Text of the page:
Mr. Brassey retains, he says, "an implicit faith in the British workman ; if he will but do himself justice, he is as capable as he ever was of holding his own against the world." But the British workman has fallen on evil days just now, and the other members of the body politic are suffering with him. Mr. Brassey declares that he has no panacea to offer for this state of affairs ; and he describes his volume as a "record and registry, rather than a work of fancy, imagination, and

theory." As a matter of fact, however, he does offer us in a very diluted form the same remedies which Carlyle prescribed, more than thirty years ago, with surpassing vigour, in Past and Present. It is easy, indeed, to say and to see that, if an artisan practises sobriety and thrift, he will fare all the better for his self-denial. A farmer, too, who, in the words of Mephistopheles, is not ashamed

"Den Acker den er erntet selbst zu dfingen,"

whose sons are ready to imitate their sire, and whose daughters leave the drawing-room for the dairy, the pianoforte for the poultry-yard, will clearly be in a better position than he is now for competing with the foreigner. But we looked for something more specific than such bed-ridden truths as these from Mr. Brassey, and we refuse to be comforted with such vague though wholesome generalities.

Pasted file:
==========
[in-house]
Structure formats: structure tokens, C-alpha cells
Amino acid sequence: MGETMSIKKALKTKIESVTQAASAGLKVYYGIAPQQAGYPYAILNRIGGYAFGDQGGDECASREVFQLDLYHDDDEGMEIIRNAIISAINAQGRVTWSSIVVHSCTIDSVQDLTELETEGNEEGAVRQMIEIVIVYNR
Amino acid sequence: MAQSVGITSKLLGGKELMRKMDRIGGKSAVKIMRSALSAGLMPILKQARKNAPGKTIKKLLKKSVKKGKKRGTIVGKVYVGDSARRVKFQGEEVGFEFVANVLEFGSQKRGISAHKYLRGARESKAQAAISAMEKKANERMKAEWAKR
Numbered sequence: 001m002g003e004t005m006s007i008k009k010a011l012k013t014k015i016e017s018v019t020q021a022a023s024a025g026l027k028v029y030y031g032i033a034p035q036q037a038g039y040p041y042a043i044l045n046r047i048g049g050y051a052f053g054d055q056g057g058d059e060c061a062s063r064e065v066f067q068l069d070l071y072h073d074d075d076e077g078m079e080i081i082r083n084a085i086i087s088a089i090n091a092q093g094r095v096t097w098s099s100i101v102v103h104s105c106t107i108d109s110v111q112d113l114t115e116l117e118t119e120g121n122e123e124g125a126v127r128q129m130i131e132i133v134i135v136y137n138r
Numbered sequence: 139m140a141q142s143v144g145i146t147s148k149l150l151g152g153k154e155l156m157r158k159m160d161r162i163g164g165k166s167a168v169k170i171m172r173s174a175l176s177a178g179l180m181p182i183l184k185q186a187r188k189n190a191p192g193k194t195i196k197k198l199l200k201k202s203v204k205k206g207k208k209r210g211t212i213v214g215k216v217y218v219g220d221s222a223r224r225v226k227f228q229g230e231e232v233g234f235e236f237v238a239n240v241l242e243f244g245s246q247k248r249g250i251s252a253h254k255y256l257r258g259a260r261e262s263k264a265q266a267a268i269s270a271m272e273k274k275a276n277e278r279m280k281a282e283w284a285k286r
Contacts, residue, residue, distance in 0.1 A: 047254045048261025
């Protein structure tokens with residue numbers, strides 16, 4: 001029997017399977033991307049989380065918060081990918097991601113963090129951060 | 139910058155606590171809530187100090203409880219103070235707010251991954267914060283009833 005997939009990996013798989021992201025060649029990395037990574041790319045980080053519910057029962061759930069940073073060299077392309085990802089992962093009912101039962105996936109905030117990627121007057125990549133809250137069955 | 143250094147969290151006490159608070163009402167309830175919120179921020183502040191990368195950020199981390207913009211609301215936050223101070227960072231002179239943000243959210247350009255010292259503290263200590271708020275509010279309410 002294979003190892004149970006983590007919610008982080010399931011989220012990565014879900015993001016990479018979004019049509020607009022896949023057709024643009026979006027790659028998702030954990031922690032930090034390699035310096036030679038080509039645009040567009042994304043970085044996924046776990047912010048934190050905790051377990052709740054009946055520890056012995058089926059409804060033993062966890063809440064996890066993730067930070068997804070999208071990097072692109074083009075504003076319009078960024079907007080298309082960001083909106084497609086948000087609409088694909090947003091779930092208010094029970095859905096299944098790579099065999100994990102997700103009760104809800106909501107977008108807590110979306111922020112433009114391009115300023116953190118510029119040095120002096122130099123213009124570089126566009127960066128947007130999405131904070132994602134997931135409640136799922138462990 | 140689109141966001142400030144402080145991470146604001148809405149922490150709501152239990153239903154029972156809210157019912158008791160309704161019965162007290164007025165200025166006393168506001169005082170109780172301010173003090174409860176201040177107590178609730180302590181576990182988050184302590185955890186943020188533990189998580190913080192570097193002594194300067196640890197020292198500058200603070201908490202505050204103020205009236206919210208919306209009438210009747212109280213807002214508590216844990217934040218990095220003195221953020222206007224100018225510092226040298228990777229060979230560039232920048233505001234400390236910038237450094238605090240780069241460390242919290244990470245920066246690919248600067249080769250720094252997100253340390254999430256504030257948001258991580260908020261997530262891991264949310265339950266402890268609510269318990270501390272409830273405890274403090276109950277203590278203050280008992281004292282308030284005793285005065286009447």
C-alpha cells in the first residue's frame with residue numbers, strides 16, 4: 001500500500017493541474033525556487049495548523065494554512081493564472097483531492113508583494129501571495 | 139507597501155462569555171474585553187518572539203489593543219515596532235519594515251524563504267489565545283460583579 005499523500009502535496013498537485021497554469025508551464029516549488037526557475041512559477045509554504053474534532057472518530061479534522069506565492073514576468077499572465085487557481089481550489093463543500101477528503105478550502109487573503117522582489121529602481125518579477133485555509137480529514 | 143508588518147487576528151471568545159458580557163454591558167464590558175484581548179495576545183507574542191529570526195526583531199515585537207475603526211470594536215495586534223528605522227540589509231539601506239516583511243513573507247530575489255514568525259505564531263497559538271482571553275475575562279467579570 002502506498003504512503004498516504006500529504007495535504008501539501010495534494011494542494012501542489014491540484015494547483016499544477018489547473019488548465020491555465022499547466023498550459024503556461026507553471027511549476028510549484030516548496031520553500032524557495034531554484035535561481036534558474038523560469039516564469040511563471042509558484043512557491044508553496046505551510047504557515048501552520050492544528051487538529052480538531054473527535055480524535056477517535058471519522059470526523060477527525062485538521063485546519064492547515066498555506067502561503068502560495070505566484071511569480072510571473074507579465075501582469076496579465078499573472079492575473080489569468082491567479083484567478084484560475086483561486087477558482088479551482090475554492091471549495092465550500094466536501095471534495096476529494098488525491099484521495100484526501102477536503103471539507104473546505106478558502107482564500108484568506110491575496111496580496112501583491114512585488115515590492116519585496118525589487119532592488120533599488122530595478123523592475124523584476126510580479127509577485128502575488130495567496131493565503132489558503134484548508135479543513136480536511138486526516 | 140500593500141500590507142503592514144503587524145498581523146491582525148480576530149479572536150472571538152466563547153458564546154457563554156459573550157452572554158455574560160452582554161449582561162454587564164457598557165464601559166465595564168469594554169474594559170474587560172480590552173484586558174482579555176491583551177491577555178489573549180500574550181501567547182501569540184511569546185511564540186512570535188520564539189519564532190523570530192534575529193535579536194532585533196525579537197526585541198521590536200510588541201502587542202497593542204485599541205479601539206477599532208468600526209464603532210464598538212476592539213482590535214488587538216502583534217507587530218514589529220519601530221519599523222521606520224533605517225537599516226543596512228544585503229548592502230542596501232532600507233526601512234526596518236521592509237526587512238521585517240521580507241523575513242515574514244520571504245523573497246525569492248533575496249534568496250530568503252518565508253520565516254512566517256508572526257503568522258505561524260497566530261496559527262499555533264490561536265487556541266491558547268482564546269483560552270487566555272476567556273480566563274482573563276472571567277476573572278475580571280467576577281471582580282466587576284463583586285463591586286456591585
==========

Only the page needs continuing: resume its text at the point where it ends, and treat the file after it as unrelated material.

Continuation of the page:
We must hasten, however, to our quotations, and premising that Mr. Brassey's chapters are full of statistical information as trustworthy as it is valuable, we shall leave it to the reader to appraise the value of the conclusions which he has drawn from his facts and figures. His chapter on the cotton trade ends thus :—

" It has been said that we are losing our reputation as manu- facturers by adulterating our cotton-goods with a dressing of china clay. The practice has been resorted to by our rivals abroad ; but we may wisely give heed to the warning of Sir Brooke Robertson and other Consuls, and abandon the attempt to make trashy goods at impossible prices. We cannot claim a monopoly, but we ought to retain our share of the textile industry of the world. We have not escaped the almost universal depression of trade, but we must not despair of a return of prosperity."

The chapter on the iron trade ends thus :—